The team behind the the success of Cho Oyu

More often than not, the support teams on successful 8000M ascents remain the unsung heroes. It is almost classically executed by Westerners to omit the names of all of those who helped them achieve their goal of standing atop one of the world’s highest peaks. The following is my attempt to share with you the many men and women who helped make this ascent possible. Few have the ability, the stamina and the resources to truly attempt something like this completely on their own.

The dream began with the man, my friend, who dreamt up this idea: Kheiry Sammakieh. It was his dream to summit Mt. Cho Oyu. In the beginning, he was the driving force. He was the one who successfully sought out financing and sponsorship for this climb and who had the most passion for the project. My role was to lead the team, develop a youth campaign through FindingLife, produce all of the multi media content, arrange the logistics, plan the itinerary, put together the support team and use all of my knowledge, resources and contacts to make it all happen. I did all of this voluntarily. I wanted to support him in achieving his dream.

Jeremie Stall Paquet, my friend from Canada was selected to accompany us as basecamp manager and video production support. His role, particularly as basecamp manager, was one of the most crucial as in the event that something were to happen to either Kheiry or I on the mountain, he would be the one to contact our loved ones and make all of the arrangements we all hope we never need to make.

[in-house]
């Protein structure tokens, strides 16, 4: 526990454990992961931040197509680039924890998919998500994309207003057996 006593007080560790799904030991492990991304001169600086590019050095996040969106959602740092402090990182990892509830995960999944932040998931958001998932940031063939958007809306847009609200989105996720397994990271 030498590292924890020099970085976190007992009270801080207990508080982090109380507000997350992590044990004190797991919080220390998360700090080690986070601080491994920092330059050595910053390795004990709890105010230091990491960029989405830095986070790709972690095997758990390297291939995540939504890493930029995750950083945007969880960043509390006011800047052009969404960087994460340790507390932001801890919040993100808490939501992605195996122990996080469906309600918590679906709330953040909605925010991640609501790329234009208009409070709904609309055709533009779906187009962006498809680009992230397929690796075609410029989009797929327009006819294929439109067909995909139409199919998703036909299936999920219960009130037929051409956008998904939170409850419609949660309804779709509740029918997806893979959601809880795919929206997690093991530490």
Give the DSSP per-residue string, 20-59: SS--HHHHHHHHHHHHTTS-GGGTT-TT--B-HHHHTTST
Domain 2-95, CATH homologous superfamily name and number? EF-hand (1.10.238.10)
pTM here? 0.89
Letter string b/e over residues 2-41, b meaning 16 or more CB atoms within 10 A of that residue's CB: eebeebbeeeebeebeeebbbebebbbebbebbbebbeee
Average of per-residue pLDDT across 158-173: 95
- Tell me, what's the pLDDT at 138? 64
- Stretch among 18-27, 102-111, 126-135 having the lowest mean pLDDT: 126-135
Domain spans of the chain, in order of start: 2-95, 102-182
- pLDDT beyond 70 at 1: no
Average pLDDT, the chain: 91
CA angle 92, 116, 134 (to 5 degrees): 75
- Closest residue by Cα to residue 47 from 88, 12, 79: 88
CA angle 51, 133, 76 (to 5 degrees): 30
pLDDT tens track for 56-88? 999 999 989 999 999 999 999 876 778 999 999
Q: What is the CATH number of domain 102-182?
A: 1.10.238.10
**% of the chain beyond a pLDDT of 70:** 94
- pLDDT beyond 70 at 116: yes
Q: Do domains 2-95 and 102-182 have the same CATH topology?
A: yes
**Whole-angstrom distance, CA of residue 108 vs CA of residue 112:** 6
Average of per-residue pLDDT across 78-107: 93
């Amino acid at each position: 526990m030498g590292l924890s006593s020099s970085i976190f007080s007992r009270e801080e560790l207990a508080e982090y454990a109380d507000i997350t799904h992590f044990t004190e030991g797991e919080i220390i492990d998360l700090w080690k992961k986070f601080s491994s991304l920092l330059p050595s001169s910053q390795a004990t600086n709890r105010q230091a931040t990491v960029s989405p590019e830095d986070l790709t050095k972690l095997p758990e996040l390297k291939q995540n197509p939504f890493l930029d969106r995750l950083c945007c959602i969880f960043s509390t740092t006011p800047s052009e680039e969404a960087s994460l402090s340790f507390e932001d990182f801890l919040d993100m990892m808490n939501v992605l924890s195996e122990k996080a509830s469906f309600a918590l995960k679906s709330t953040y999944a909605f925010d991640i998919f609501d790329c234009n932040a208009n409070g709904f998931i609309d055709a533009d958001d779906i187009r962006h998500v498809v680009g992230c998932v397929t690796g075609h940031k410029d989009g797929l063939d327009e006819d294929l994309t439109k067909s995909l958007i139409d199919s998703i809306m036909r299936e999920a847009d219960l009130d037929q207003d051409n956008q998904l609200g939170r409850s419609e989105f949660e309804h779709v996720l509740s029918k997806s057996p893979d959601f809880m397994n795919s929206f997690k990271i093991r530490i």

Bernard booked our flights from Ottawa, Michelle Garbacz, our FindingLife Educational consultant, helped me develop the educational resources, Georg from Austria advised me on how best to integrate the new content into the website and Lucas Wiseman agreed to voluntarily receive my ZIP files via FTP regularly and update the website from the comfort of his home in Ottawa. Tom from ExplorersWeb was on standby for any satellite related troubleshooting, Jane Robertson designed our logo and Matt Delaney assisted in shooting the first promo video in Ottawa. The rest, technologically, was pretty much up to me.

For 18 months, logistics were planned with Babu Sherpa from Mountain Tribes, a Nepalese logistics company that I have been working with for several years. Babu and Mountain Tribes are THE MOST important part of the equation once we arrive in Nepal. Babu was responsible for every detail and provision that we required (and carefully negotiated by email) throughout the entire length of the expedition. He booked our local hotels, flights, transportation and visas. He provided us with the 3 Sherpas we asked for (Dawa, Pema and Namgyal), our cook Pasang and our cook boy Tashi from the village of Tingri. Babu, unlike many other Nepali outfitters, provides honest, reliable and trustworthy services. When hiring Babu, I know that all of my team’s needs are looked after, in good times and in bad.

Our team of porters, Dawa, Pasang, Karma Lama and Khayla graciously carried our gear every single day through the acclimatization trek in Nepal. Khayla and Karma Lama decided to carry double loads, thus earning double the money to feed their families. Day in and day out they undertook their duty with positive attitudes and always greeted us with open hearts and amazing smiles.

Gary Hartlin, my friend from Pembroke, Ontario had one of the most important jobs on the entire expedition. He was our ‘guy’. On an 8000M expedition, the weather determines everything – whether you climb, or whether you rest, whether you fail or whether you succeed. In a world where there are no roads, electricity or internet cafes, we rely on satellite technology to connect us with the outside world. Gary regularly sent us weather forecasts which not only aided us in our strategy, but guided us when we were otherwise left in the dark.